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Paul Melmeyer on Addressing Gene Therapy Regulatory Bottlenecks

The vice president of Public Policy & Advocacy of the Muscular Dystrophy Association discussed the organization’s work with regulatory members to advance gene therapies towards review and approval.

“Over the course of the last several years, we've been working on trying to strengthen the FDA’s capacity, expertise, and ability to quickly review gene therapies that come in front of them. The Office of Tissues and Advanced Therapies in the Center for Biologics Evaluation and Research (CBER), who is responsible for gene therapy reviews, has been underfunded and understaffed for years at this point. We are very happy that due to our and many other organizations’ advocacy, we are able to successfully enact provisions within the FDA User Fee Reauthorization... That would greatly expand this office, that would actually elevate this office to be The Office of Tissue Products within CBRE..."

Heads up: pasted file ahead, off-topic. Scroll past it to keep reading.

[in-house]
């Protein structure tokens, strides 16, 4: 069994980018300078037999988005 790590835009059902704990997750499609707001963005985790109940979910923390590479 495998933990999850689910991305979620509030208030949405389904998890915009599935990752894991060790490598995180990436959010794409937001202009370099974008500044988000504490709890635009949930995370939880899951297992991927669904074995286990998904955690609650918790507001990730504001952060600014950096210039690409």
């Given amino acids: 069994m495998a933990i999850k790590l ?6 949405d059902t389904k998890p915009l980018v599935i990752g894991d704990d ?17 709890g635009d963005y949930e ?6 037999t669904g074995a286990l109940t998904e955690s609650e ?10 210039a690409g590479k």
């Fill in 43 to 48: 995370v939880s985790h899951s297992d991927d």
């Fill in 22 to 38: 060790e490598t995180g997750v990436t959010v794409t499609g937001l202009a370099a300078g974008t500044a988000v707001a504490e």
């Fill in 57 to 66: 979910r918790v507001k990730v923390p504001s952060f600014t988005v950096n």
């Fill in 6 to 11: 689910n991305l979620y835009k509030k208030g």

Many investigational gene therapies are currently in development that have the potential to address unmet needs for patients with neuromuscular diseases, including muscular dystrophy. However, bottlenecks, understaffing, and inefficiencies in regulatory processes can hold back the review and approval of these therapies.

In an interview with CGTLive, Paul Melmeyer, vice president, Public Policy & Advocacy, Muscular Dystrophy Association (MDA), who recently spoke at the 2022 NORD Breakthrough Summit in Washington, DC, discussed the organization’s work with regulatory agencies to help address these issues. He mentioned the specific steps MDA has taken with the FDA regarding the Office of Tissues and Advanced Therapies and provisions pertaining to a patient-focused drug development meeting on gene therapies. Melmeyer also highlighted several additional regulatory and legislative goals he sees as the highest priorities for the patient community. He concluded by mentioning that neurologists and other allied medical professionals can help support the organization’s goals for December.